processes language is quite different from programming digital computers to process language. All the neurological and psychological evidence indicates that the brain is quite a different computing machine from the digital computer. But the link between computational linguistics and the general. purpose electroni c digital compu ter is, in the language of philosophy, a matter of chance or contingency, not of necessity. We write algorithms for that kind of computer because that is the kind we have to work with. Nothing forbids us to devise algorithms for a different kind of computer, such as the human brain, and even to go beyond that to the simulation of that different kind of computer on a digital computer. If computational psycholinguistics emerges as a subspecialty, the psycholinguist will be responsible for performing the experiments from which a model of human speech processing can be derived, and the computational linguist will be responsible for providing the computational procedures to be used :in simula ring tha t model. Grammar has been much studied oflate, but for all its popularity, 11 remains a rather dry subject. The words of a text are linked together by a few very widely used devices: word order, affixes, function words such as prepositions and conjunctions, and contours of stress and pitch. (In writing punctuation partially supplies the missing contours.) Further devices of a more complex kind, called transformations, match different grammatical patterns so that the content of a whole sentence, for example as a relative clause, can be woven tightly into another sentence. To learn how modern linguistics organizes these materials into elaborate theories, the scholar need only turn to one of the many recent textbooks: to Iearn how computational linguistics makes processes Tun in grammatical ways, he can consult the works cited above. Computational linguists have rather completely exploited the leads discovered about fifteen years ago· Sheil (1976) shows that within a broad basic class of grammatical processors any choice must be made on extrinsic grounds, since intrinsically they are much of a muehness, But it is the hope for progress in semantics that linguists are presently more excited about. Humanistic scholarship, which has paid little attention to the ferment in grammar, may now draw closer to computational linguistics, for the real business of the scholar is far deeper into language and thought than can be reached with analyses of word order and prepositions. By reading and by borrowing from Iinguist colleagues, the scholar can obtain now what he needs in the way of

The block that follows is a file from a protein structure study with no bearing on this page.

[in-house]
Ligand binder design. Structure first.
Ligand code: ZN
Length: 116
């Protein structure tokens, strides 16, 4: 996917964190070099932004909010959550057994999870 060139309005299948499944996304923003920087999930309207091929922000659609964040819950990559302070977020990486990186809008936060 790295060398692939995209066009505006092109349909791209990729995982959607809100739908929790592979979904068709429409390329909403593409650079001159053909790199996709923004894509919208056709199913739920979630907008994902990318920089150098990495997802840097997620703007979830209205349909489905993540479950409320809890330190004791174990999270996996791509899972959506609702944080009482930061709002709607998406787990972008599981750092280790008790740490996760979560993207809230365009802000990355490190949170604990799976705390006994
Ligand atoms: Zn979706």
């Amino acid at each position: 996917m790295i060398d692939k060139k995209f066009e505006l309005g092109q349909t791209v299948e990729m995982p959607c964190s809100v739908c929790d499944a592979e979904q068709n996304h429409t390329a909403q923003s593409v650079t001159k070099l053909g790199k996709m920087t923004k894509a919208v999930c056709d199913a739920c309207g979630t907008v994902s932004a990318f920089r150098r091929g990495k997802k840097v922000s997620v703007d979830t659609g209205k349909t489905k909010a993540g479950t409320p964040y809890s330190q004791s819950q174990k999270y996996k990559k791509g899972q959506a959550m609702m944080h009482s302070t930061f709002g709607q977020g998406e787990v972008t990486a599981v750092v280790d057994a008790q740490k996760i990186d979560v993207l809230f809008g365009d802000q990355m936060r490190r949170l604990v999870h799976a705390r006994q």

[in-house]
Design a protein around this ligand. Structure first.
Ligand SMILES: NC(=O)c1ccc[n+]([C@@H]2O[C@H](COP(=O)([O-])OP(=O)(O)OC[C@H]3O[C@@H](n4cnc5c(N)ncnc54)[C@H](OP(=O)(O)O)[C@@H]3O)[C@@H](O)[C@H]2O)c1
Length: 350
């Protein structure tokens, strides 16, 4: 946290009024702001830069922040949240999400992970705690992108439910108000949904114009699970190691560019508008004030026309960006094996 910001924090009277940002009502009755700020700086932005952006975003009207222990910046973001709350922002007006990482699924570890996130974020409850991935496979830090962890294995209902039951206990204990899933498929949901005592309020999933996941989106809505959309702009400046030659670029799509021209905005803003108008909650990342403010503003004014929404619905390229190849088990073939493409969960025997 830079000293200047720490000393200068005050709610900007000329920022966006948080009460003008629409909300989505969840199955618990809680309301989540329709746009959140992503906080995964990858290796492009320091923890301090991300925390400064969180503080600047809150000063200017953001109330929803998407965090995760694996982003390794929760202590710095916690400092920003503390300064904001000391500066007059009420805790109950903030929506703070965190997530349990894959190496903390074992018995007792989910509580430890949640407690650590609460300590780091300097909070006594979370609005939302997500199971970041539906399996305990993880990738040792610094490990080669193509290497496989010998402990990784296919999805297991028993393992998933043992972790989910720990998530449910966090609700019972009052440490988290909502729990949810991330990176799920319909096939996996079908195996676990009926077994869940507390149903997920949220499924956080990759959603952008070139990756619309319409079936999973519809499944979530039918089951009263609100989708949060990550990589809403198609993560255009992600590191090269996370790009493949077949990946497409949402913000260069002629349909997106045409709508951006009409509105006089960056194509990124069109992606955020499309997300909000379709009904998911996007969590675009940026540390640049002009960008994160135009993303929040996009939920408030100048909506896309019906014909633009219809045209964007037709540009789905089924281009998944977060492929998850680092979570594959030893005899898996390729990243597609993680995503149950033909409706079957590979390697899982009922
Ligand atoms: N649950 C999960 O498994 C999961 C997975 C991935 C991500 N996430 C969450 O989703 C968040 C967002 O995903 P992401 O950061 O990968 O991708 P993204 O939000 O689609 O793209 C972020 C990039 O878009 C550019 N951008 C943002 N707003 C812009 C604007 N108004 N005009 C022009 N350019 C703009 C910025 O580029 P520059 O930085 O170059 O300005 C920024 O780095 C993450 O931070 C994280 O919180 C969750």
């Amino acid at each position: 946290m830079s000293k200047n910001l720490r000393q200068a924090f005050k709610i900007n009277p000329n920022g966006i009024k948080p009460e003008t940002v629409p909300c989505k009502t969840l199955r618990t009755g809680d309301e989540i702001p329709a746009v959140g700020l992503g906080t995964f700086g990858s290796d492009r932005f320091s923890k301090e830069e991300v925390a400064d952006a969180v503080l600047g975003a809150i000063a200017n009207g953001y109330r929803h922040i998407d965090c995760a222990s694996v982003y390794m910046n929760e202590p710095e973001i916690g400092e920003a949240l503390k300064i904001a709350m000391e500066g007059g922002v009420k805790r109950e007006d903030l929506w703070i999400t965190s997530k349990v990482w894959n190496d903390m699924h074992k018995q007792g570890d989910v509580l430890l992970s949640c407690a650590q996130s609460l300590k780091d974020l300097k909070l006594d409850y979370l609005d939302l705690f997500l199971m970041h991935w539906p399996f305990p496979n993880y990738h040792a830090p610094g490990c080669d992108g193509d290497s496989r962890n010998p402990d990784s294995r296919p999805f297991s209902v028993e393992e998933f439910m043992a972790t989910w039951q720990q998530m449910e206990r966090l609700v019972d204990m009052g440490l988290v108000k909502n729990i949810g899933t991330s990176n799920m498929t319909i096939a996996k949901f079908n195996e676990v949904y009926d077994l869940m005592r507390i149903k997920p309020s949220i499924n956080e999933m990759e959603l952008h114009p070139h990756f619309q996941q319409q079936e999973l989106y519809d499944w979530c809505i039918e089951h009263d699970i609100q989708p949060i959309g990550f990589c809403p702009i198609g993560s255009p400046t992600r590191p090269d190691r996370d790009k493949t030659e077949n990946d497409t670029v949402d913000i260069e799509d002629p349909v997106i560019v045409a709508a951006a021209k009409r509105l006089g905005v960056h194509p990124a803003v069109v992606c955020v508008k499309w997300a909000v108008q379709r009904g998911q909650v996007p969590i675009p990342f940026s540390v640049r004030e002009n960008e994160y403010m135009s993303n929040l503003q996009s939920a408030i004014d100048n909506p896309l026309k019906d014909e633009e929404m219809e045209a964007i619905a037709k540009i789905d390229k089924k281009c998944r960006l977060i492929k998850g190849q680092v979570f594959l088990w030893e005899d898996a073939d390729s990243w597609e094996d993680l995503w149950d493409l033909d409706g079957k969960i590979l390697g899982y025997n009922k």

.grarnmatical tools; if tile tools are not quite good enough, he can collaborate with a computational linguist who knows the technology and refine the tools a bit. Having grammatical tools. tile scholar can look somewhat further to see his own work laid out.

Computing Ies Sciences de "Homme: Literary Texts Literary theory and practical criticism occur in a universe of discourse which is quite different from that of computational linguistics. So, for that matter, do biological theory and practical medicine; the biologist and physician use texts, but they would not say that they are students of language. Although literature consists of text, theory and criticism in literary scholarship are generally not about language. Literary critics are interested in the general theory of literary meaning and in the meaning of texts, but their notion of meaning has little in common with what linguistic semanticists have taken to studying. To say what criticism is about is all too easy: It is about ideas. The problem is to connect up what criticism studies with what semanticists analyze. The problem is not to be taken lightly. Though literary theoreticians and critics are quite experienced in thinking about meaning, that thinking is. quite different in texture from the models of meaning currently implemented on computers. It is unlikely that the literary critic would even- recognize cognitive network theory (the most widely implemented computational semantics discussed below) as a theory of meaning. Nor, for that matter, would the computational linguist know what to do with, for example, E.D. Hirsch's Validity in Interpretation Or Octavia Paz's very different The Bow and the Lyre. The methods of scientific inquiry and humanistic Inquiry are quite different, both in purpose and in technique, To talk of simulating a formal model of literary performance is to talk of a rapprochement between the Two Cultures, science and humanism. The theme is a worthy ODe, and the problem is deep. It is not a matter of solving the problem before going on. Rather it is a matter of being aware of what is being attempted and having a place in one's mind for consideration of such fundamental questions, even if that place seems to be quite a distance from developing the theory, creating the algorithms, and writing the programs. Humanists rarely discuss in an explicit f0Im such